SAB 74 – Enhanced Disclosure Requirements for Recently Issued Revenue Recognition Standards
By Jason Leo, Supervisor, Assurance Services
With the issuance of ASU 2014-09, Revenue from Contracts with Customers, SEC guidance requires both quantitative and qualitative disclosures of the expected impact of adopting the new revenue recognition standard. SEC staff has continued to emphasize Staff Accounting Bulletin No. 74 (“SAB 74”) disclosures and the expectation that disclosures will continue to evolve as the adoption date approaches. Below are highlights of the points of emphasis that companies need to disclose as the implementation date nears, as well as the potential internal control impacts.
SEC staff is expecting a qualitative description of the effect of the new accounting policies and a comparison to the company’s current accounting. Additionally, regulators have advised that the status of the implementation process should be disclosed. This should include disclosures that relate to significant implementation matters yet to be addressed and whether the implementation process is on target. If the company can reasonably estimate the quantitative impact of the new revenue recognition standard, it should disclose those amounts as well.
If the impact of the new revenue recognition standard cannot be reasonably estimated, the company should disclose this fact. The company should not remain silent on this disclosure, as the user of the financial statement could incorrectly assume that there is no material financial statement impact if such is not stated. Finally, if the expected financial statement impact is not known by the company, a qualitative description of the effect of the new accounting standard on the company’s accounting policies should be disclosed. An understanding of the company’s qualitative assessment could help financial statement users better understand the potential impact, even if it cannot yet be quantified.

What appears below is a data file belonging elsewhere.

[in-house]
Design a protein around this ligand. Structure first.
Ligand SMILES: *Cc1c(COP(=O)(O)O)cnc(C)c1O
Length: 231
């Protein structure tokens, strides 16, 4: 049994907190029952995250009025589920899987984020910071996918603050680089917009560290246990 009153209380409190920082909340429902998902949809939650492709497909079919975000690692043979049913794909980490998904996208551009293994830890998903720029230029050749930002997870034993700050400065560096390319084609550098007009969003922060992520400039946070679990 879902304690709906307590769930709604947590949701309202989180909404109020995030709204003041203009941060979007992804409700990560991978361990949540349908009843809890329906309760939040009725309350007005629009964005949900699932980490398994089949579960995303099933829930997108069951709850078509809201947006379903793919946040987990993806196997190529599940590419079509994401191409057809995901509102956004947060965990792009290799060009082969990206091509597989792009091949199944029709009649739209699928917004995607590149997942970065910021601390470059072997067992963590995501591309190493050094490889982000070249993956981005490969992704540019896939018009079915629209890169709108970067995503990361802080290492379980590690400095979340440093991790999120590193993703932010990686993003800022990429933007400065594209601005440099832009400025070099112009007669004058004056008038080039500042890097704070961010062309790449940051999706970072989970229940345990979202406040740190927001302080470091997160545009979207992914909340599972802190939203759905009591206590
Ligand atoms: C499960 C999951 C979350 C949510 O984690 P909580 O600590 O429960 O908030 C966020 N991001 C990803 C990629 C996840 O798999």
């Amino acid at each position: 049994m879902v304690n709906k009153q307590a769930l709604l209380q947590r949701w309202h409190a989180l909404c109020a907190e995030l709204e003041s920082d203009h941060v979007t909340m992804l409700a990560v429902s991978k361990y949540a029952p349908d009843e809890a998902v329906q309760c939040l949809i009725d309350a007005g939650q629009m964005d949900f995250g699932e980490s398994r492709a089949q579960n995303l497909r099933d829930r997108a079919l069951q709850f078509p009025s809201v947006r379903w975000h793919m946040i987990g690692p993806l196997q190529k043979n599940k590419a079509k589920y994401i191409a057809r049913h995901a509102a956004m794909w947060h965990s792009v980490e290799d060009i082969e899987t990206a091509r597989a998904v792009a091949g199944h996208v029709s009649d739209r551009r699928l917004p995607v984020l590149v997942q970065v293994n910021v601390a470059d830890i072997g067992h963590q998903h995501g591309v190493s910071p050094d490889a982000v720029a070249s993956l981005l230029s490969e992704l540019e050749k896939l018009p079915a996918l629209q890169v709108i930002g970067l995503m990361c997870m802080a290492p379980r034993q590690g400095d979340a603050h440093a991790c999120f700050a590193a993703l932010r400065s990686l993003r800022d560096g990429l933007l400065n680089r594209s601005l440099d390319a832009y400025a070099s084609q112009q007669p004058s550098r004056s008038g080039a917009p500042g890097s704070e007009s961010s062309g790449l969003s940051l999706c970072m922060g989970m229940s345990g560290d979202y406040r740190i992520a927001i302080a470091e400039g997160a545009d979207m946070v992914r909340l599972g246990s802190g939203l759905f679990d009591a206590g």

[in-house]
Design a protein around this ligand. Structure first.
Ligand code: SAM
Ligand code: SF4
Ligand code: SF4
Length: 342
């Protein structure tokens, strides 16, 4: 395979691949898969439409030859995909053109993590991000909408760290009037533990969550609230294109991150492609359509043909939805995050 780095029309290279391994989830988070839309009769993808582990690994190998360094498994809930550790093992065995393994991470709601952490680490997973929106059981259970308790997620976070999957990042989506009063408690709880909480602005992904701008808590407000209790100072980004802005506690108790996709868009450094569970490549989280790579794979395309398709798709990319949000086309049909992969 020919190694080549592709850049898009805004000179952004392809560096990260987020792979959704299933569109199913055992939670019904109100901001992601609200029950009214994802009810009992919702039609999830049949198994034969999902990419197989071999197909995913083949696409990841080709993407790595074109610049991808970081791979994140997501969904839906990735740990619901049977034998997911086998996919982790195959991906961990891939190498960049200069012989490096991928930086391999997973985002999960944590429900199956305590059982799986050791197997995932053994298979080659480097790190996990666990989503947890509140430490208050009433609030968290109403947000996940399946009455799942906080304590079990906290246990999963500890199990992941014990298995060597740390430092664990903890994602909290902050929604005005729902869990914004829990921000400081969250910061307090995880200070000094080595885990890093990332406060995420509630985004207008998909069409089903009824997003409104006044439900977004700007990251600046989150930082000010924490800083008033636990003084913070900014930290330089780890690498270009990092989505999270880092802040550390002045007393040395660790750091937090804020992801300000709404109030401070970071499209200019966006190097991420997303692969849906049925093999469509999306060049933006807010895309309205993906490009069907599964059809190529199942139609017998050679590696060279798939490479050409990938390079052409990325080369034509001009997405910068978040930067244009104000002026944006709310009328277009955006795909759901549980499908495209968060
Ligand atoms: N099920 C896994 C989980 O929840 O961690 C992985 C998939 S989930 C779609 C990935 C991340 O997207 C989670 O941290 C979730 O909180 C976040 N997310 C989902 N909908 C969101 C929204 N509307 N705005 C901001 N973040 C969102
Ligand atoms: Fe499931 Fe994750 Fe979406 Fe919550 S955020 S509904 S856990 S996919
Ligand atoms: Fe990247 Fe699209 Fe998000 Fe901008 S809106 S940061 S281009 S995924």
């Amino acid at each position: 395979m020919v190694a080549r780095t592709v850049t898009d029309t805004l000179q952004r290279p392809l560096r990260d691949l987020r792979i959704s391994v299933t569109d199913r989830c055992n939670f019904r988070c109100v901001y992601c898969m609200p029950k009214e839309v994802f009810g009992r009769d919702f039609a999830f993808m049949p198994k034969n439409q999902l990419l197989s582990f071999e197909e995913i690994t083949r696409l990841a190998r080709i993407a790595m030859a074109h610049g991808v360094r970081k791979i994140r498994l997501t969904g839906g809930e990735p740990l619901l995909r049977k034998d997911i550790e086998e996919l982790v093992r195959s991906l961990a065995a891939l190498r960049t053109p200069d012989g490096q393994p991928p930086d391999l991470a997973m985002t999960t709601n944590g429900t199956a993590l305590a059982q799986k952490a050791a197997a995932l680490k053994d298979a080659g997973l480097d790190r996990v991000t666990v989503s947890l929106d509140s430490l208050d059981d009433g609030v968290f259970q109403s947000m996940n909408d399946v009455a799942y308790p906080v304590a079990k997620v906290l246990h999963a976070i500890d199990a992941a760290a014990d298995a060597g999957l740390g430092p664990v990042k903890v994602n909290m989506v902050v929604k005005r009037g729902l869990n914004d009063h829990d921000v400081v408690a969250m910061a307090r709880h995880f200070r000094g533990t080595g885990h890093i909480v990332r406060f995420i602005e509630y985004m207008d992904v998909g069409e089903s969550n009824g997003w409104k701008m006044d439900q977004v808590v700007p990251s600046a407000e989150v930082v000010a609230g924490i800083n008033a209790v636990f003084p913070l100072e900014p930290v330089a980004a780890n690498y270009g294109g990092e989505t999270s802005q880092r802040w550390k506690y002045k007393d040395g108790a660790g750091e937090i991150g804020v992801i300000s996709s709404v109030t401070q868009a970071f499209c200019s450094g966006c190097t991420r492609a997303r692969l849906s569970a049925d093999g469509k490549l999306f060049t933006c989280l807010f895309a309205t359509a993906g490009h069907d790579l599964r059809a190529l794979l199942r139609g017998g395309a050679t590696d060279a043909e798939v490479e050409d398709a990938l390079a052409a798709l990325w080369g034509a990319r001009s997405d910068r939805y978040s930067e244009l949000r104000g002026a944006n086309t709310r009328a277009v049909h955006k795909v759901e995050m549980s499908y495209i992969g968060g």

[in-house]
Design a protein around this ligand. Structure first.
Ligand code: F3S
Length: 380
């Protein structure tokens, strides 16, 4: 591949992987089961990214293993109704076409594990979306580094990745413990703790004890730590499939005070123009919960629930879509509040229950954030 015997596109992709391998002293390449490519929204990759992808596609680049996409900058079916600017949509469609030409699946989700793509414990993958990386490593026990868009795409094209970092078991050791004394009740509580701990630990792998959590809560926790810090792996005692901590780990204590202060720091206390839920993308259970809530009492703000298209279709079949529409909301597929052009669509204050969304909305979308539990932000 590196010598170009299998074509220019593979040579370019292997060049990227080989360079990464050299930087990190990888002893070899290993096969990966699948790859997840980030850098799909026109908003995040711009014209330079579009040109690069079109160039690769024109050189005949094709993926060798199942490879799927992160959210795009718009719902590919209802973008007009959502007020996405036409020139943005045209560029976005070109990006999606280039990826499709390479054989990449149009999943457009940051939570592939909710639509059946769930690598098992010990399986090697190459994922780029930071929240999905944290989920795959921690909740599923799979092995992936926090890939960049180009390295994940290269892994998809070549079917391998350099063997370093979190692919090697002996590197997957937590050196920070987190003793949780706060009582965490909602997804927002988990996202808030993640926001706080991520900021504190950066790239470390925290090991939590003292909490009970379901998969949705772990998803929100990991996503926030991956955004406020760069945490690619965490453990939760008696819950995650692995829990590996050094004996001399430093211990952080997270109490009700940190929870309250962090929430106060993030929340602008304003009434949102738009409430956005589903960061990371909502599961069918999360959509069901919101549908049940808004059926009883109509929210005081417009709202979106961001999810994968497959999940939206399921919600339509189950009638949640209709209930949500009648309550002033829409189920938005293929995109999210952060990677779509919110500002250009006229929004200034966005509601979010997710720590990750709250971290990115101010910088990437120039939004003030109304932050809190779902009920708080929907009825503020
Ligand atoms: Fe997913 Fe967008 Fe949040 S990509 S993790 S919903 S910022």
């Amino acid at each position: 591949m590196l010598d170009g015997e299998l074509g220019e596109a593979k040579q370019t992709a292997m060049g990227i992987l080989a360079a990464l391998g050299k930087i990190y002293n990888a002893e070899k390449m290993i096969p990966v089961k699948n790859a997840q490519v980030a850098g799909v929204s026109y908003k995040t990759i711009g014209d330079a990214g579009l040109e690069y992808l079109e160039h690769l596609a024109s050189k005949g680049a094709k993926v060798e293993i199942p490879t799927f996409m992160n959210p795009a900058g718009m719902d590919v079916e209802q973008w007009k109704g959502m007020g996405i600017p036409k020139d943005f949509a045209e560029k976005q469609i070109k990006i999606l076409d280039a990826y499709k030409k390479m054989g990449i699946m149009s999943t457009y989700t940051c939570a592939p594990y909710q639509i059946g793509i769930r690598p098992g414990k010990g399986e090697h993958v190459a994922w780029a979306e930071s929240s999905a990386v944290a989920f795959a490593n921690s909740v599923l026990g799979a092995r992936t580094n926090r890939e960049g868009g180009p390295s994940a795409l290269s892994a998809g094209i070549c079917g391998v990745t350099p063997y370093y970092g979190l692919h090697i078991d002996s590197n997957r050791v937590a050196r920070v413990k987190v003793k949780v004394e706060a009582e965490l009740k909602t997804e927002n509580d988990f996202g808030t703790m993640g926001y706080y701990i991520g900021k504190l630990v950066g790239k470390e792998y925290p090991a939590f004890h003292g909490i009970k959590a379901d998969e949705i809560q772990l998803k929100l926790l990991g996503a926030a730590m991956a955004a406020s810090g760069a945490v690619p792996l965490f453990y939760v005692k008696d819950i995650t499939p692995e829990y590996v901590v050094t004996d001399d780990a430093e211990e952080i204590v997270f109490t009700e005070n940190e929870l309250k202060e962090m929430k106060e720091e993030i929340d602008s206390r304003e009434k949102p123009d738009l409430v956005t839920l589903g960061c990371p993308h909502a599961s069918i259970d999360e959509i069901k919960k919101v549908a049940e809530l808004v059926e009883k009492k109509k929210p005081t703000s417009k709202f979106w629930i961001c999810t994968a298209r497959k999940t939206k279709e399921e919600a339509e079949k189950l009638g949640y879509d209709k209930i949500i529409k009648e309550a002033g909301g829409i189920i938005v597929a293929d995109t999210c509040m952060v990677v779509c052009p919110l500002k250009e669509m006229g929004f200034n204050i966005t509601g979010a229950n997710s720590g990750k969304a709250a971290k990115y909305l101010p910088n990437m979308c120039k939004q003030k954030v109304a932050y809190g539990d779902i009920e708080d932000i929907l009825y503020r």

In addition to the disclosures noted above, companies also need to consider whether appropriate internal controls are in place. These controls are important, as management needs to address any risk that SAB 74 disclosures are inaccurate or incomplete. The company’s auditors will have a responsibility to obtain sufficient understanding of the components of the internal control over financial reporting and respond to identified risks related to those controls over these disclosures. Company management will need to assess the design effectiveness and test the operating effectiveness of the relevant controls, including controls over the SAB 74 disclosures. Management will need to include any applicable transition disclosures in the notes to the financial statements and related transition adjustments. Company management and audit committees should consult with their auditors to obtain feedback on the company’s processes, accounting policies, and internal controls.
The transition provisions of the new revenue standard require that a public business entity and certain other specified entities adopt the new standard for annual reporting periods beginning on or after December 15, 2017, and interim periods therein. All other entities are required to adopt the new standard for annual reporting periods beginning after December 15, 2018, and interim reporting periods within annual reporting periods beginning after December 15, 2019. Companies must use either of the following transition methods: (i) a full retrospective approach reflecting the application of the standard in each prior reporting period, with the option to elect certain practical expedients, or (ii) a retrospective approach, with the cumulative effect of initially adopting ASU 2014-09 recognized at the date of adoption (which includes additional footnote disclosures).